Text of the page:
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Eusocial insects, mostly Hymenoptera, have evolved unique colonial lifestyles that rely on the perception of social context mainly through pheromones, and chemoreceptors are hypothesized to have played important adaptive roles

Eusocial insects, mostly Hymenoptera, have evolved unique colonial lifestyles that rely on the perception of social context mainly through pheromones, and chemoreceptors are hypothesized to have played important adaptive roles in the evolution of sociality. However, because chemoreceptor repertoires have been characterized in few social insects and their solitary relatives, a comprehensive examination of this hypothesis has not been possible.

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    Date Created
    • 2015-08-12
    Resource Type
  • Text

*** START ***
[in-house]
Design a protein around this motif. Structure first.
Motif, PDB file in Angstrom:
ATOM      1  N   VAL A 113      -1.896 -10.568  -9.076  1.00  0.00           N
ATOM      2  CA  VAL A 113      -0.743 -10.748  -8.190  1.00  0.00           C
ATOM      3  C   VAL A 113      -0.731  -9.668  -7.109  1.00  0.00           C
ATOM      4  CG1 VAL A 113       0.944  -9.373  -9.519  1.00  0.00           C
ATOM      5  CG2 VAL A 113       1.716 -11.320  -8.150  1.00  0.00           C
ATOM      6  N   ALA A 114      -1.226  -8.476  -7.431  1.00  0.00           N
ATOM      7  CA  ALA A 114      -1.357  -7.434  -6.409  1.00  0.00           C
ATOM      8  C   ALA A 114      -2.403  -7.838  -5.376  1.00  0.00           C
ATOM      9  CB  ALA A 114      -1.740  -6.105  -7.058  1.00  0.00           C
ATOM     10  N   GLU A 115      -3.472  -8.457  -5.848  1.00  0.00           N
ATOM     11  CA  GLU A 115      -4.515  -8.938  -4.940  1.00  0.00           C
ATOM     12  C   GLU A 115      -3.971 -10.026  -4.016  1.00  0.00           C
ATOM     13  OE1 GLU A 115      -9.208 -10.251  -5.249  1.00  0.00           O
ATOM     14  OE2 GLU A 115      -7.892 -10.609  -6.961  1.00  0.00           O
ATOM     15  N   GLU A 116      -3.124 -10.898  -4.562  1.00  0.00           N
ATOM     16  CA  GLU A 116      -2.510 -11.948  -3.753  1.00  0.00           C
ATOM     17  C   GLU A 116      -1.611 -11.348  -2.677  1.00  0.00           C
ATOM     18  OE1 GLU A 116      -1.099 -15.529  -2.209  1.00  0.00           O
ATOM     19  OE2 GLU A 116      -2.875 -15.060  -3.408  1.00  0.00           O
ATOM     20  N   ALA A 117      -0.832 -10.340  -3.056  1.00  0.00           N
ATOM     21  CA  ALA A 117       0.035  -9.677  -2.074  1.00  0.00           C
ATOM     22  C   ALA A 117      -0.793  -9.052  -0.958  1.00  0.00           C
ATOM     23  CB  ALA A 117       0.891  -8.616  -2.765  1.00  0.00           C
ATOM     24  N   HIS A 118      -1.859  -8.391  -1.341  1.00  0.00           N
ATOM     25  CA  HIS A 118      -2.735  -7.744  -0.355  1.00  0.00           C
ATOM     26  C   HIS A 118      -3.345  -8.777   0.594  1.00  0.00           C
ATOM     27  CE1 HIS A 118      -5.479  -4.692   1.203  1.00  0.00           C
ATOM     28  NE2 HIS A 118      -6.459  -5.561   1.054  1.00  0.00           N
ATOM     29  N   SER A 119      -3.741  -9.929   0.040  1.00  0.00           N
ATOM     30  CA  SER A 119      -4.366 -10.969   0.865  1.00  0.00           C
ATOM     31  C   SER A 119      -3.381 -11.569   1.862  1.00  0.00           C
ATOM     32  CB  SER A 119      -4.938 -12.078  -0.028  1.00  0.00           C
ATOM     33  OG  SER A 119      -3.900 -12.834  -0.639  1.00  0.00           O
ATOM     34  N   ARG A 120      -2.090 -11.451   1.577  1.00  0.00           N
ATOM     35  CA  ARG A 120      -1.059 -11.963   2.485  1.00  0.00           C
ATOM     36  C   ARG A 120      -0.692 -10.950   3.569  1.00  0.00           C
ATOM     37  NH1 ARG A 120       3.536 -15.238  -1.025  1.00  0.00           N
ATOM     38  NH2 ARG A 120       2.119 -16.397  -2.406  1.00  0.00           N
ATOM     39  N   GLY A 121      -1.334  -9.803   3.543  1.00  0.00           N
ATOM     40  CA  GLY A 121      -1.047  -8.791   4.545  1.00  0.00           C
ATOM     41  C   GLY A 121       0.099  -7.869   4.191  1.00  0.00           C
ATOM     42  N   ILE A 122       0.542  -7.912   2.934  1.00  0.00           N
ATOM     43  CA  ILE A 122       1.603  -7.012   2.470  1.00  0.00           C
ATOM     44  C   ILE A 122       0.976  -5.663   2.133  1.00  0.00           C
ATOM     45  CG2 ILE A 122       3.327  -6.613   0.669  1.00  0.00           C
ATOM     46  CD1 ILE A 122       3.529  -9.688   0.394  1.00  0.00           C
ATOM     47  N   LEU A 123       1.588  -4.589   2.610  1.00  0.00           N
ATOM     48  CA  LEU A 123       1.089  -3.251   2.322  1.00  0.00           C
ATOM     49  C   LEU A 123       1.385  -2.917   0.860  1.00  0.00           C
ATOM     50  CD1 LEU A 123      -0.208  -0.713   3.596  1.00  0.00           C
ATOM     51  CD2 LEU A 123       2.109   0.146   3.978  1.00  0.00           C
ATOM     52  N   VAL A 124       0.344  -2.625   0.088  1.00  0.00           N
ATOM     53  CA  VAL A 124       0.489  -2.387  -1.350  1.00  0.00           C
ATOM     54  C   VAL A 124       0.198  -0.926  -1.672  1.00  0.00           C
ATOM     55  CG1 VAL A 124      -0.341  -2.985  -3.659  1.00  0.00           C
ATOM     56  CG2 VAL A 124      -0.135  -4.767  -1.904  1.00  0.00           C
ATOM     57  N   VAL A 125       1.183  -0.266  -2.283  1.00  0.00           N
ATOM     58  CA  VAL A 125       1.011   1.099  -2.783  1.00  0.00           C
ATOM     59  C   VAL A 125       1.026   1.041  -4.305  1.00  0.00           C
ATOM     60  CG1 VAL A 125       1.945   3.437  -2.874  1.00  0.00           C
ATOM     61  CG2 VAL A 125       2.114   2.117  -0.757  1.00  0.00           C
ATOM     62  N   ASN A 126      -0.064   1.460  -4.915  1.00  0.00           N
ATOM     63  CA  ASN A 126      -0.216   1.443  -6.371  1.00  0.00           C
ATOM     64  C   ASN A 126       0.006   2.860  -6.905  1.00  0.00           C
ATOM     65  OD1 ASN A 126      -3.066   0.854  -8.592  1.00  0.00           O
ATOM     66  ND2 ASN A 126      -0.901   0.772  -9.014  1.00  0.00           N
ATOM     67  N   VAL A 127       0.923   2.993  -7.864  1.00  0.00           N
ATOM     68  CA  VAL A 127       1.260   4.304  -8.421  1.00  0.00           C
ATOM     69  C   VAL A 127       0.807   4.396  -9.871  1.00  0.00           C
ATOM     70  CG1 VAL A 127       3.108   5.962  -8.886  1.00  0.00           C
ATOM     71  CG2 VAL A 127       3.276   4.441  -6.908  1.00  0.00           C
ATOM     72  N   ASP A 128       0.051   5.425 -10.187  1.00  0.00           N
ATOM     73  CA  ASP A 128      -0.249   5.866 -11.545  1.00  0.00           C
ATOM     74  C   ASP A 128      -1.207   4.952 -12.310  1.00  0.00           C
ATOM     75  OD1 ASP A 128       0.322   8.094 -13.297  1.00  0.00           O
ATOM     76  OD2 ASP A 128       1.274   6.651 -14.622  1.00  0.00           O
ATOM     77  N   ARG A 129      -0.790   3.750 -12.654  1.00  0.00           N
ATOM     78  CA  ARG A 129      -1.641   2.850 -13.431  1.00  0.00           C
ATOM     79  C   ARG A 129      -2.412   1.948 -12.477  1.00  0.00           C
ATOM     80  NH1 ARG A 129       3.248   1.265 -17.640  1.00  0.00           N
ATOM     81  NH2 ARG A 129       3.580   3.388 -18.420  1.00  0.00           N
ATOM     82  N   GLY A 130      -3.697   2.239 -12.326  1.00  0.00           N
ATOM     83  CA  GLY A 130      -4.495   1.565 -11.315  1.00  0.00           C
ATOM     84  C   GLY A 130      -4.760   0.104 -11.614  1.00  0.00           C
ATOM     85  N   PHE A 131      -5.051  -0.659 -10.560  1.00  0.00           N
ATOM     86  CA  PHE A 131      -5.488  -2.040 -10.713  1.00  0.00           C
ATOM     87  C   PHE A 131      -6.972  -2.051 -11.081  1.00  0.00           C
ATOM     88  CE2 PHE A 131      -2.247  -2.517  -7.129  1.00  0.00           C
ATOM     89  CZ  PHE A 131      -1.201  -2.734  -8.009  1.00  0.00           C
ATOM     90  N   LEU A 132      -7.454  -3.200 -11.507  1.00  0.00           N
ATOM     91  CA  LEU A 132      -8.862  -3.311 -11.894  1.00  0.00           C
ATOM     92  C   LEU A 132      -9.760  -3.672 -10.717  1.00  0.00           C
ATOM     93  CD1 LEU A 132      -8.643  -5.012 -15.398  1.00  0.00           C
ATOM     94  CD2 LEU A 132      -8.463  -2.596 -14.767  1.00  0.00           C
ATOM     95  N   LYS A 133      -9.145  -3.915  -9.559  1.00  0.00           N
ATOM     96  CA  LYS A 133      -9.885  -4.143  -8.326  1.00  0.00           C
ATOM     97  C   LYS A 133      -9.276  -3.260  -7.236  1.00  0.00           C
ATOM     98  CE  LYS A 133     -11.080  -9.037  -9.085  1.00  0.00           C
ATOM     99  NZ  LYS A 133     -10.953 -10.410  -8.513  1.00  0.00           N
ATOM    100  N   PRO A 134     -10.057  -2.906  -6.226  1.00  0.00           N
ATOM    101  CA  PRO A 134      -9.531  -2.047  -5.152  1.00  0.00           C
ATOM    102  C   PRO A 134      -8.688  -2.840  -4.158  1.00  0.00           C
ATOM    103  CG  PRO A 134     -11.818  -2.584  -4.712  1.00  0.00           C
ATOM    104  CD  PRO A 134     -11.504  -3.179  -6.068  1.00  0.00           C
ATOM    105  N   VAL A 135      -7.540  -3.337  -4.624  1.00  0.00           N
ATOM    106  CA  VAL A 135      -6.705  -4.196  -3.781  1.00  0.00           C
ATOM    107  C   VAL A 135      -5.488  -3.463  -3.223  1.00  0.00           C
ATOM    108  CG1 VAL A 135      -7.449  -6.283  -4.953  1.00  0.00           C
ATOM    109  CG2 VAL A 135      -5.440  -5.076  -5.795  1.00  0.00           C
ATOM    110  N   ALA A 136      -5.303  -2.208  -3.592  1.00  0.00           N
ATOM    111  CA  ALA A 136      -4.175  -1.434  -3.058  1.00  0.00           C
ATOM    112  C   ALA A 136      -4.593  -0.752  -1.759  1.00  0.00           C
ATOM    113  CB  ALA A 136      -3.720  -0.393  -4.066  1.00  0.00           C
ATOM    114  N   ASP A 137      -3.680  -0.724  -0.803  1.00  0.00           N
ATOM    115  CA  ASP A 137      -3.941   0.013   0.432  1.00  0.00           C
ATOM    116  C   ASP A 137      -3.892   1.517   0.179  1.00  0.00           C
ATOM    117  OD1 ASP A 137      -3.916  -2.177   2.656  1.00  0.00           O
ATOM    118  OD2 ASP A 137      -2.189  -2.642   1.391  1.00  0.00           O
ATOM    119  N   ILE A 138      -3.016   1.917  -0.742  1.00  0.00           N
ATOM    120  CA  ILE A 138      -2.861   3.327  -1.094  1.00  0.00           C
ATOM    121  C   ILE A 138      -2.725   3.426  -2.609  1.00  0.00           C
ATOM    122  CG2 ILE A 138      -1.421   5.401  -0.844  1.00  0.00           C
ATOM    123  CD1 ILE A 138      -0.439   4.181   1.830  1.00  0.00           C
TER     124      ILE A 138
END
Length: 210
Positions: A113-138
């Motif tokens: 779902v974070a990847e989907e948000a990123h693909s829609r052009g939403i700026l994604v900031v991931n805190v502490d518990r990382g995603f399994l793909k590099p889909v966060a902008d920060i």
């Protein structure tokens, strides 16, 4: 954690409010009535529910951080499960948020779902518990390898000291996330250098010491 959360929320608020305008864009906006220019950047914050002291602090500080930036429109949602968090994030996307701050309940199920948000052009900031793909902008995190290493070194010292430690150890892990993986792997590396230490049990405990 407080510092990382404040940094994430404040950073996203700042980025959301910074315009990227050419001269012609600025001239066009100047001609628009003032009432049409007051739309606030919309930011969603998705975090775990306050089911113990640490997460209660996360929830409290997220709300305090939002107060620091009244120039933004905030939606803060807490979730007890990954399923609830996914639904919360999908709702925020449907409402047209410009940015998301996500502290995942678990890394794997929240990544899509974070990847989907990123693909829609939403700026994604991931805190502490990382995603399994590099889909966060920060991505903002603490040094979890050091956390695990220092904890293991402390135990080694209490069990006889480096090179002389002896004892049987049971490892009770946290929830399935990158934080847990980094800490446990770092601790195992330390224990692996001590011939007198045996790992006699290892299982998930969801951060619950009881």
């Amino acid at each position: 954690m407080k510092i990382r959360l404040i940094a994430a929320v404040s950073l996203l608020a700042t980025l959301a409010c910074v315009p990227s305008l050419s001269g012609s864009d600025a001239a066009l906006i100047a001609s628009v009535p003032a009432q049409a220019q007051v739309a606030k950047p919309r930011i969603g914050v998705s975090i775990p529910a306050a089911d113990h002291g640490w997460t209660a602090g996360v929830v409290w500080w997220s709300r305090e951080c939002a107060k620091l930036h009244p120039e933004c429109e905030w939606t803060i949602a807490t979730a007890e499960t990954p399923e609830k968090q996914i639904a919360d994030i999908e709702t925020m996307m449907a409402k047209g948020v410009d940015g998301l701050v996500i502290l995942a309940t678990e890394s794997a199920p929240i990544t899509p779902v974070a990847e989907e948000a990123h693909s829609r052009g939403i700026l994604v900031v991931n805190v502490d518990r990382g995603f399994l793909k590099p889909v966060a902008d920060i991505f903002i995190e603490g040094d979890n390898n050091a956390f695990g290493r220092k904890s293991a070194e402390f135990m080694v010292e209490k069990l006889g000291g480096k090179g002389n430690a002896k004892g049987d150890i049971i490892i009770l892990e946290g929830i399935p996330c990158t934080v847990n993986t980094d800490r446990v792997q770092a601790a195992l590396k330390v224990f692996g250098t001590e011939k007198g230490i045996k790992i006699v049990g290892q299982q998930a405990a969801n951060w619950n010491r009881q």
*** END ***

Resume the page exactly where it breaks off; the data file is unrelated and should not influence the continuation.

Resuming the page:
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    Identifier
    • Digital object identifier: 10.1093/gbe/evv149
    • Identifier Type
      International standard serial number
      Identifier Value
      1759-6653
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    Zhou, X., Rokas, A., Berger, S. L., Liebig, J., Ray, A., & Zwiebel, L. J. (2015). Chemoreceptor Evolution in Hymenoptera and Its Implications for the Evolution of Eusociality. Genome Biology and Evolution, 7(8), 2407-2416. doi:10.1093/gbe/evv149

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